Yield
6 servings
Time
20 minutes prep, 35 minutes cooking, About 1 hour total
From their sighting early in May and on through to October, fresh white beans known as cocos blancs are part of my Provencal diet. I put these creamy beans in soups and eat them bathed in basil sauce, loving the sweet aroma that wafts from the kitchen as they cook away on the stove.
 
Equipment: A large heavy-bottomed saucepan

Ingredients
 
  • 1 tablespoons extra-virgin olive oil
  • 10 plump cloves garlic, peeled, halved, green germs removed
  • 2 pounds fresh small white beans in the pod, shelled (or substitute 1 pound dried white beans)
  • 4 fresh or dried bay leaves
  • 1-1/2 quarts homemade chicken stock or cold water
  • 1 teaspoon fine sea salt, or to taste
  • 1 recipe Light Basil Sauce (recipe follows)

Light Basil Sauce:

  • 4 plump cloves garlic, peeled, halved, green germs removed, minced
  • 1/8 teaspoon fine sea salt
  • 4 cups loosely packed fresh basil leaves and flowers
  • 6 tablespoons extra-virgin olive oil
Instructions

For Fresh Beans: In the saucepan, combine the olive oil and garlic and stir to coat the garlic with the oil. Place over moderate heat and cook until the garlic is fragrant and soft, about 2 minutes. Do not let it brown. Add the beans, stir to coat with the oil, and cook for 1 minute more. Add the bay leaves and the stock and stir. Cover, bring to a simmer over moderate heat, and simmer for 15 minutes. Season with salt. Continue cooking at a gentle simmer until the beans are tender, about 15 minutes more. Stir from time to time to make sure the beans are not sticking to the bottom of the pan. Add additional stock or water if necessary. Taste for seasoning. Remove and discard the bay leaves.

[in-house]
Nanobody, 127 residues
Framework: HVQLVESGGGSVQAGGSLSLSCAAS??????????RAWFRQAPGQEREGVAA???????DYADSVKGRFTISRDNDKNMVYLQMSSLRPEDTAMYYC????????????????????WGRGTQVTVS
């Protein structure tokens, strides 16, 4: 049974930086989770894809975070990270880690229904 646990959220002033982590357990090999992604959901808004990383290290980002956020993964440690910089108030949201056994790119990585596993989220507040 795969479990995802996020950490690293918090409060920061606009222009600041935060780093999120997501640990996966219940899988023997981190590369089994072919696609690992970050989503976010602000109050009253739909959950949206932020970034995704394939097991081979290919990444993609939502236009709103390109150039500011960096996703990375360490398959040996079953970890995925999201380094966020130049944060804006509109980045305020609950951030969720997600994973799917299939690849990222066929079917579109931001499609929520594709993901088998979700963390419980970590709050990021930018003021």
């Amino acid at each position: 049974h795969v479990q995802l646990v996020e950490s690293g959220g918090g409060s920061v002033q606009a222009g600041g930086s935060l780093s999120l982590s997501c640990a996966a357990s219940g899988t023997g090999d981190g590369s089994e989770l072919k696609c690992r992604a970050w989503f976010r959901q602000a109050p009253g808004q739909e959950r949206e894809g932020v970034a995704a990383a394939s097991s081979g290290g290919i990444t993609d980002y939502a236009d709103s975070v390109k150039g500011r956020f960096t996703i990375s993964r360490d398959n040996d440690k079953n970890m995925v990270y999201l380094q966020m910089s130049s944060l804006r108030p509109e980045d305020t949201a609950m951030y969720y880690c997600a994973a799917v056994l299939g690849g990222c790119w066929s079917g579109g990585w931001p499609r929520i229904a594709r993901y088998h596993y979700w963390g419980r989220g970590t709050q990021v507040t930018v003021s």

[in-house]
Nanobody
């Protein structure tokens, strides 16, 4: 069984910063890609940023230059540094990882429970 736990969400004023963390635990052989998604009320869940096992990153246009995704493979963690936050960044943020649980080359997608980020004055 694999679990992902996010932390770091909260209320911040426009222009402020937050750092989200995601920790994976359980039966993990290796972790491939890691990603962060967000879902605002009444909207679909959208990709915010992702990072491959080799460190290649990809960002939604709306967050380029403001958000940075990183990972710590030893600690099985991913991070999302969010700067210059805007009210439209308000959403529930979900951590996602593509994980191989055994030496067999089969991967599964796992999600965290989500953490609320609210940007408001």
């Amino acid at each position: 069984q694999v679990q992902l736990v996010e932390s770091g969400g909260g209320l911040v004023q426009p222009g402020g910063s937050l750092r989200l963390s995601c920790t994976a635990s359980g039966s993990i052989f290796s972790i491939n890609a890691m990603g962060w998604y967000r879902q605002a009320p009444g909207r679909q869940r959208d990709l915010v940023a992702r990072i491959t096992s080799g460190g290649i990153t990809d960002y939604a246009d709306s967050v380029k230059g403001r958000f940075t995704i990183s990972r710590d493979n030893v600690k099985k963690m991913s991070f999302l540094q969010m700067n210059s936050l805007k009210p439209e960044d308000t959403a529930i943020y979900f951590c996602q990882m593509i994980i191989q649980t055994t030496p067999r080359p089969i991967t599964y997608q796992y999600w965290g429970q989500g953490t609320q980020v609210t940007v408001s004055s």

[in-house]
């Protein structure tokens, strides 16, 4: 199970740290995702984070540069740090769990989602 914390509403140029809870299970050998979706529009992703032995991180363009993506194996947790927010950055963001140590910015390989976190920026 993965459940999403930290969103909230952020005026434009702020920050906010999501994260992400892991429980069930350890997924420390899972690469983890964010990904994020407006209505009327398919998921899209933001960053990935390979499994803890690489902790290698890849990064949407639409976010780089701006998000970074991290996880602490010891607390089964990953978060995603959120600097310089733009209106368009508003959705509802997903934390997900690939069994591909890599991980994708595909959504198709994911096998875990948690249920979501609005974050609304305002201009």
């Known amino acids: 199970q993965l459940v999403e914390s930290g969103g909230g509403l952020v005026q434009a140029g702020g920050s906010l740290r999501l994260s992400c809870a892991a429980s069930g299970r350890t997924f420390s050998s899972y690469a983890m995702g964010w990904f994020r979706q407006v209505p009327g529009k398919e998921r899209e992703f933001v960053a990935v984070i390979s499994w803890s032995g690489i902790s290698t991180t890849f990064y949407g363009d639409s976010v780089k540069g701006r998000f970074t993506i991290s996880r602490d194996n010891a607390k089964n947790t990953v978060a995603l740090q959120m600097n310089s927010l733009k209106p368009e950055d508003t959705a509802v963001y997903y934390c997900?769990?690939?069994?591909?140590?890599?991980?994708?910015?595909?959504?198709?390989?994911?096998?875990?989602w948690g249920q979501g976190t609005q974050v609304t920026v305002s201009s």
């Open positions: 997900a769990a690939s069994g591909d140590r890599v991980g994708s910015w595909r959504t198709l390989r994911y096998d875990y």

For Dried Beans: Rinse the beans, picking them over to remove any pebbles. Place the beans in a large bowl, add boiling water to cover, and set aside for 1 hour. Drain the beans, discarding the water. In the heavy saucepan, combine the olive oil and garlic, and stir to coat the garlic with the oil. Cook over moderate heat until the garlic is fragrant and soft, about 2 minutes. Do not let it brown. Add the beans, stir to coat with the oil, and cook for 1 minute more. Add the bay leaves. Add the stock and stir. Cover, bring to a simmer over moderate heat, and simmer for 30 minutes. Season with salt. Continue cooking at a gentle simmer until the beans are tender, about 30 minutes more. Stir from time to time to make sure the beans are not sticking to the bottom of the pan. Add additional stock or water if necessary. (Cooking time will vary according to the freshness of the beans.) Taste for seasoning. Remove and discard the bay leaves. To serve, stir the basil sauce into the beans, taste for seasoning and serve.

Light Basil Sauce

2/3 cup; 12 1-tablespoon servings
 
There are many days, particularly in the heat of summer, when I want the hit of basil and the texture of the sauce, but with a bit less fat. So I created this light sauce, which I use regularly in place of the traditional basil sauce knows as pistou. While its most traditional use is as a sauce for the Provencal vegetable soup known as soupe au pistou, I put it on everything. I use it as a sauce for pasta, dab it on pizza along with tomato sauce, pair it with poached fish, and swirl it in a soup.
 
By Hand: Place the garlic and salt in a mortar and mash with a pestle to form a paste. Be patient and work slowly and evenly. Add the basil little by little, pounding and turning the pestle with a grinding motion to form a paste. Slowly add the oil, turning the pestle with a grinding motion until all the oil has been used. The sauce will not form an emulsion like a mayonnaise, but, rather, the basil leaves will remain suspended in the oil. Taste for seasoning. Stir again before serving.
 
In a Food Processor: Place the garlic, salt, and basil in the bowl of a food processor and process to a paste. With the machine running, slowly pour the oil through the tube and process again. Taste for seasoning. Stir again before serving.
 
Transfer to a small bowl. (The sauce can be stored, covered and refrigerated, for 3 days or frozen for up to 6 months.) Bring to room temperature and stir again before serving.

Adapted from The Provence Cookbook. © 2004 by Patricia Wells. Published by HarperCollins Publishers, Inc., New York, NY.